RACHEL CARBONARA: I am Rachel Carbonara. I am a PhD student in the anthropology and sociology of religion program here in the Divinity School. I study spiritual tourism in South America. I'm focused mostly on Peru and Brazil and right now I'm really focusing on the Cusco region of Peru.
So what that means is that I look at new age spirituality in very contemporary formations of spiritual practice as they're occurring transnationally with tourists traveling from the United States and other places, but mostly the United States, to South America in order to participate in certain shamanic and indigenous Peruvian rituals and practices. I came to the ASR program here in the Divinity School for a number of reasons. So I did my undergraduate degree in sociology and I was really interested in religion because through studying social science it had become apparent to me that religion is a really important thing to understand if you're going to understand social dynamics in just about any social or cultural context. And I wanted to continue with social science in the setting of a Divinity School, and specifically the U Chicago Divinity School because the faculty here are social scientists, but they are really in an environment where the focus of their study is on religion and on understanding the complexities of religion and the social dynamics that are really specific to religion as a phenomenon. And that's something that I think I really wouldn't be able to do if I was just in a social science program. So there's a lot of overlap here in the Divinity School with people who are studying religion in different contexts. And the program here allows me to have a lot of conversations with those people. So for example, I am co-coordinating the religion and human sciences workshop this year along with another PhD student who does history of religion.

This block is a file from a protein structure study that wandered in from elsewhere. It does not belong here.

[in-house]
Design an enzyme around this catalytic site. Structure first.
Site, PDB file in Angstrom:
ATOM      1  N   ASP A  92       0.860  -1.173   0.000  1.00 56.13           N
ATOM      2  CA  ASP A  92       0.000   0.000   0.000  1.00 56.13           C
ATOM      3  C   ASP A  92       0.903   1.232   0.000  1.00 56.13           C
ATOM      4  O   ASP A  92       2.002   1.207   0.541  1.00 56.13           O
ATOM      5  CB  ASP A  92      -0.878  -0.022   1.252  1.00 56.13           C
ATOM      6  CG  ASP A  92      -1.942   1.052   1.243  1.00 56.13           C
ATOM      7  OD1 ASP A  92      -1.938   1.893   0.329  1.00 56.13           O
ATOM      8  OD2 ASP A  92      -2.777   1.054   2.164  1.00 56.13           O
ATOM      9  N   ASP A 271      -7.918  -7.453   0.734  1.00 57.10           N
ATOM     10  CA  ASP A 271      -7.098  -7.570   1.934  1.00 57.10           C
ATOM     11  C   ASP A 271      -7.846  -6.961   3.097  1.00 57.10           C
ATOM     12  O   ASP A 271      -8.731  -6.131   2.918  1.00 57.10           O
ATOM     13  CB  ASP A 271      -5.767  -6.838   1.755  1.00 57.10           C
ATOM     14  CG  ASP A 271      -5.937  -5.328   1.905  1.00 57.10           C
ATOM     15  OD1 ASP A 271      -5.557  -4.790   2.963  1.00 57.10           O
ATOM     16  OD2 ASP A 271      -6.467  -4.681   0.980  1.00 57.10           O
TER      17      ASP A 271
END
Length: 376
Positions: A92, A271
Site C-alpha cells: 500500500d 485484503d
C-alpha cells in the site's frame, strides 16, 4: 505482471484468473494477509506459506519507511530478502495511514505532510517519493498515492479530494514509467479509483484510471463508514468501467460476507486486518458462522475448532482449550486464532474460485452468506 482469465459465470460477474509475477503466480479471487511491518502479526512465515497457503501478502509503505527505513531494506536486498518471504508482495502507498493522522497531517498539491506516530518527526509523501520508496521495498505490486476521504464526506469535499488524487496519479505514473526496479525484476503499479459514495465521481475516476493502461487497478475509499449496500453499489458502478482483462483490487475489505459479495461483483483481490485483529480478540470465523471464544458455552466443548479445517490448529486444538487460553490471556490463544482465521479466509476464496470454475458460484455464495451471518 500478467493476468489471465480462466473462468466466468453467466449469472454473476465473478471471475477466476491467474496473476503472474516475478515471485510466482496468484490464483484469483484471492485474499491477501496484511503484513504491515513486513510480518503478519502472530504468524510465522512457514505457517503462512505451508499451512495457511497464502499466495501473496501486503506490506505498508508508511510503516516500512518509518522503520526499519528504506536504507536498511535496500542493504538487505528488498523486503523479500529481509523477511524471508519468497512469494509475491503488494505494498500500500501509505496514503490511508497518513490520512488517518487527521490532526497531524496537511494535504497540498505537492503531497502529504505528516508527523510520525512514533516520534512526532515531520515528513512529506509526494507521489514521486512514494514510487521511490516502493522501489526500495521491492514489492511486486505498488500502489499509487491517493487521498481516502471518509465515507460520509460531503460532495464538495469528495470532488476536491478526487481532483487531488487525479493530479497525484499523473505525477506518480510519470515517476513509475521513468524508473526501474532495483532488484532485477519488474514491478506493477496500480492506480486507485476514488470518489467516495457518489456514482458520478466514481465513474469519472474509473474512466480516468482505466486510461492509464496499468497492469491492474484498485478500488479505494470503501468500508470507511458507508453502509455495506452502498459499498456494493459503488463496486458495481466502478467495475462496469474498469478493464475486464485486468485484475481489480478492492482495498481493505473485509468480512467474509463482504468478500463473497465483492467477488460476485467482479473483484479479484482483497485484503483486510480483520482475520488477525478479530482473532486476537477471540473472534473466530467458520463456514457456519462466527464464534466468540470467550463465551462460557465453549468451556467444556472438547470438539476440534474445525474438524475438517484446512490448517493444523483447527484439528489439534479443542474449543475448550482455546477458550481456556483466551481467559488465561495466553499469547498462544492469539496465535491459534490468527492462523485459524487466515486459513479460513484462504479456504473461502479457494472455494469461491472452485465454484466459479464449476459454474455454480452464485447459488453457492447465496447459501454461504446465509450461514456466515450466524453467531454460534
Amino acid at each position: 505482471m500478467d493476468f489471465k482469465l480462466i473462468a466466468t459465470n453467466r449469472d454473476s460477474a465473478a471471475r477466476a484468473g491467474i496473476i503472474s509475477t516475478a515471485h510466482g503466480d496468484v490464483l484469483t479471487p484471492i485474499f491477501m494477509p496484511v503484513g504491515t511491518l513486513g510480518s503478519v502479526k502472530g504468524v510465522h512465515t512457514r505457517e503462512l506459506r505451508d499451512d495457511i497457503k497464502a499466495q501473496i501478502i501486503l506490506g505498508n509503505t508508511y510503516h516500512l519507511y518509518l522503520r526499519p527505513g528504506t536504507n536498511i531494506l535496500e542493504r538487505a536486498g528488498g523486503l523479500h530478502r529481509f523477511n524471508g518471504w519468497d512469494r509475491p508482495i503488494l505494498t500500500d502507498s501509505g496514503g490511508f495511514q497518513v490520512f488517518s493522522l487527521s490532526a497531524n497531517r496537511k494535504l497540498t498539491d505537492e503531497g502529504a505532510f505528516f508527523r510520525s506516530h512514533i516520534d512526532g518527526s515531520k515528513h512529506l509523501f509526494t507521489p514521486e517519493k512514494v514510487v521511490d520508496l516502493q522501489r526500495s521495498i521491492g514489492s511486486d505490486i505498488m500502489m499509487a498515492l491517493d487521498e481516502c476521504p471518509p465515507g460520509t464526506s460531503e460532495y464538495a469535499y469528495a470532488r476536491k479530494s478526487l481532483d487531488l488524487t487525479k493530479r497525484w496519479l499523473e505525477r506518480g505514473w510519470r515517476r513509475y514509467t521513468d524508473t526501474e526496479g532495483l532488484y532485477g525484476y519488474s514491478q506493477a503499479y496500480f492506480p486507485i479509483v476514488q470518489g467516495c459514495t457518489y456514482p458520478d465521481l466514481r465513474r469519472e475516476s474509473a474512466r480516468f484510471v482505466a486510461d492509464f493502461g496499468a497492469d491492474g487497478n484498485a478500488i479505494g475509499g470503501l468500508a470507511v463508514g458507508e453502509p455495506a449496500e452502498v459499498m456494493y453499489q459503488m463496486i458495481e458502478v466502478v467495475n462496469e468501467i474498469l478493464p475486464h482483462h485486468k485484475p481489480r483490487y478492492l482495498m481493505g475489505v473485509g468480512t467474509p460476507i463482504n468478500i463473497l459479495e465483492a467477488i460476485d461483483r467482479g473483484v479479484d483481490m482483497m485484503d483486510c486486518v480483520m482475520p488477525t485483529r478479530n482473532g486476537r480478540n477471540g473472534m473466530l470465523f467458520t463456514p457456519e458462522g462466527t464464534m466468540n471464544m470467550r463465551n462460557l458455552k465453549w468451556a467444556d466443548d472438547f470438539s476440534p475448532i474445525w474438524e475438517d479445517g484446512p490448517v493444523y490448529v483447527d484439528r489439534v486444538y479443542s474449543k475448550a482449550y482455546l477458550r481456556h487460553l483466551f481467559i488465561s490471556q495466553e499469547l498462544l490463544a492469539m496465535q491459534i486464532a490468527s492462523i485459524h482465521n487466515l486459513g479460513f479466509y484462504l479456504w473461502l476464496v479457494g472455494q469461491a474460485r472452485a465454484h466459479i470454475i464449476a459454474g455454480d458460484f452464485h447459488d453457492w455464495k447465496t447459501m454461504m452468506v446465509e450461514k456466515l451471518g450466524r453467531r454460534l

And so we're having interdisciplinary conversations all the time which really adds to the richness in my own understanding of religion and in the research that I'm producing. I have also just found the community in the Divinity School to be really fruitful academically and personally. I have also been on the board of the Divinity Students Association for two years. Right now I am the Secretary of the Divinity Students Association So there's a really strong community here and a community with a really long and rich tradition of investigating religion from a variety of different viewpoints and a variety of different disciplinary perspectives.
And we really spend a lot of time engaging with one another and that has really strengthened my ability to really understand religion in my own research coming from a social science background. Being able to constantly be in conversation in the Divinity School does a really excellent job of cultivating conversation between people who are studying really different things and that's what I really value here.
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